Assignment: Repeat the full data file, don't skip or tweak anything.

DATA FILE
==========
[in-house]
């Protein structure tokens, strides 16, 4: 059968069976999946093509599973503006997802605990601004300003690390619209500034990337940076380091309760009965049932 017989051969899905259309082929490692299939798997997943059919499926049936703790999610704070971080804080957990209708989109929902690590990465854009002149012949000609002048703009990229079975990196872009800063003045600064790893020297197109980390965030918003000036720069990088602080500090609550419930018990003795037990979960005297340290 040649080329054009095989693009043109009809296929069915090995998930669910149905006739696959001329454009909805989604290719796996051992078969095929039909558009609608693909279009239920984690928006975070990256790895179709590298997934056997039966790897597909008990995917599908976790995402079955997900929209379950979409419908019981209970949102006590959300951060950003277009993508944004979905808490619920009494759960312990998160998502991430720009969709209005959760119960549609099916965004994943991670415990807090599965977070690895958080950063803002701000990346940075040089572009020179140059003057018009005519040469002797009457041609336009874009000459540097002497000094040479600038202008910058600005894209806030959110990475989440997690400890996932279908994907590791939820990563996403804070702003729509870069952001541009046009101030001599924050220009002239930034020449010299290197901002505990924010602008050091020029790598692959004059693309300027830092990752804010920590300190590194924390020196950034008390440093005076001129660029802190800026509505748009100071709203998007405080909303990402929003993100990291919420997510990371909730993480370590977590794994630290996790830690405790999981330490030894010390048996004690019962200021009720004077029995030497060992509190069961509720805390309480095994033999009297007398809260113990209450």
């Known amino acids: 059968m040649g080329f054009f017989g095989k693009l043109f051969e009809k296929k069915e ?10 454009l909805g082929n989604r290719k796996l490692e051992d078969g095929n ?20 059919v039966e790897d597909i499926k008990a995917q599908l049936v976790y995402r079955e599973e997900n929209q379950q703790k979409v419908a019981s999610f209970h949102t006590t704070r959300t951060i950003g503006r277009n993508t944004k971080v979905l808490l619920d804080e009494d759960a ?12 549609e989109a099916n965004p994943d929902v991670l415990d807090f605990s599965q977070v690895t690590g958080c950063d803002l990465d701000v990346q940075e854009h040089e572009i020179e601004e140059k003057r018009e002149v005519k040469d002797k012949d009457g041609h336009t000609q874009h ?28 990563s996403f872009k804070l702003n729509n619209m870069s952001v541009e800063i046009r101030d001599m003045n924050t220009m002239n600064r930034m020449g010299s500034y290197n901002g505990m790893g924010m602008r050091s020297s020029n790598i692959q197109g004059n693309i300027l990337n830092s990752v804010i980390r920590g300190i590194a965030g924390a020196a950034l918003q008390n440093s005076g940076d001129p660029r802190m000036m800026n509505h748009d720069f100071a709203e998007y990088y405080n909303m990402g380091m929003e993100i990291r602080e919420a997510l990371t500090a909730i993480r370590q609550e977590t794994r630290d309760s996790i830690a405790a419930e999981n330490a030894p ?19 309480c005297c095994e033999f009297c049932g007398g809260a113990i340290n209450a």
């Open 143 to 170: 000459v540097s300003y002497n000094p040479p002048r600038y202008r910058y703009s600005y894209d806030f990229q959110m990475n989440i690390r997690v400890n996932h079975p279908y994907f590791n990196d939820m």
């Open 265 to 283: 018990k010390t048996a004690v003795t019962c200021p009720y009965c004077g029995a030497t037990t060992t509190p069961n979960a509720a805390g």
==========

[in-house]
């Protein structure tokens, strides 16, 4: 059968069976999946093509599973503006997802605990601004300003690390619209500034990337940076380091309760009965049932 017989051969899905259309082929490692299939798997997943059919499926049936703790999610704070971080804080957990209708989109929902690590990465854009002149012949000609002048703009990229079975990196872009800063003045600064790893020297197109980390965030918003000036720069990088602080500090609550419930018990003795037990979960005297340290 040649080329054009095989693009043109009809296929069915090995998930669910149905006739696959001329454009909805989604290719796996051992078969095929039909558009609608693909279009239920984690928006975070990256790895179709590298997934056997039966790897597909008990995917599908976790995402079955997900929209379950979409419908019981209970949102006590959300951060950003277009993508944004979905808490619920009494759960312990998160998502991430720009969709209005959760119960549609099916965004994943991670415990807090599965977070690895958080950063803002701000990346940075040089572009020179140059003057018009005519040469002797009457041609336009874009000459540097002497000094040479600038202008910058600005894209806030959110990475989440997690400890996932279908994907590791939820990563996403804070702003729509870069952001541009046009101030001599924050220009002239930034020449010299290197901002505990924010602008050091020029790598692959004059693309300027830092990752804010920590300190590194924390020196950034008390440093005076001129660029802190800026509505748009100071709203998007405080909303990402929003993100990291919420997510990371909730993480370590977590794994630290996790830690405790999981330490030894010390048996004690019962200021009720004077029995030497060992509190069961509720805390309480095994033999009297007398809260113990209450």
């Known amino acids: 059968m040649g080329f054009f017989g095989k693009l043109f051969e009809k296929k069915e ?10 454009l909805g082929n989604r290719k796996l490692e051992d078969g095929n ?20 059919v039966e790897d597909i499926k008990a995917q599908l049936v976790y995402r079955e599973e997900n929209q379950q703790k979409v419908a019981s999610f209970h949102t006590t704070r959300t951060i950003g503006r277009n993508t944004k971080v979905l808490l619920d804080e009494d759960a ?12 549609e989109a099916n965004p994943d929902v991670l415990d807090f605990s599965q977070v690895t690590g958080c950063d803002l990465d701000v990346q940075e854009h040089e572009i020179e601004e140059k003057r018009e002149v005519k040469d002797k012949d009457g041609h336009t000609q874009h ?28 990563s996403f872009k804070l702003n729509n619209m870069s952001v541009e800063i046009r101030d001599m003045n924050t220009m002239n600064r930034m020449g010299s500034y290197n901002g505990m790893g924010m602008r050091s020297s020029n790598i692959q197109g004059n693309i300027l990337n830092s990752v804010i980390r920590g300190i590194a965030g924390a020196a950034l918003q008390n440093s005076g940076d001129p660029r802190m000036m800026n509505h748009d720069f100071a709203e998007y990088y405080n909303m990402g380091m929003e993100i990291r602080e919420a997510l990371t500090a909730i993480r370590q609550e977590t794994r630290d309760s996790i830690a405790a419930e999981n330490a030894p ?19 309480c005297c095994e033999f009297c049932g007398g809260a113990i340290n209450a």
């Open 143 to 170: 000459v540097s300003y002497n000094p040479p002048r600038y202008r910058y703009s600005y894209d806030f990229q959110m990475n989440i690390r997690v400890n996932h079975p279908y994907f590791n990196d939820m």
């Open 265 to 283: 018990k010390t048996a004690v003795t019962c200021p009720y009965c004077g029995a030497t037990t060992t509190p069961n979960a509720a805390g």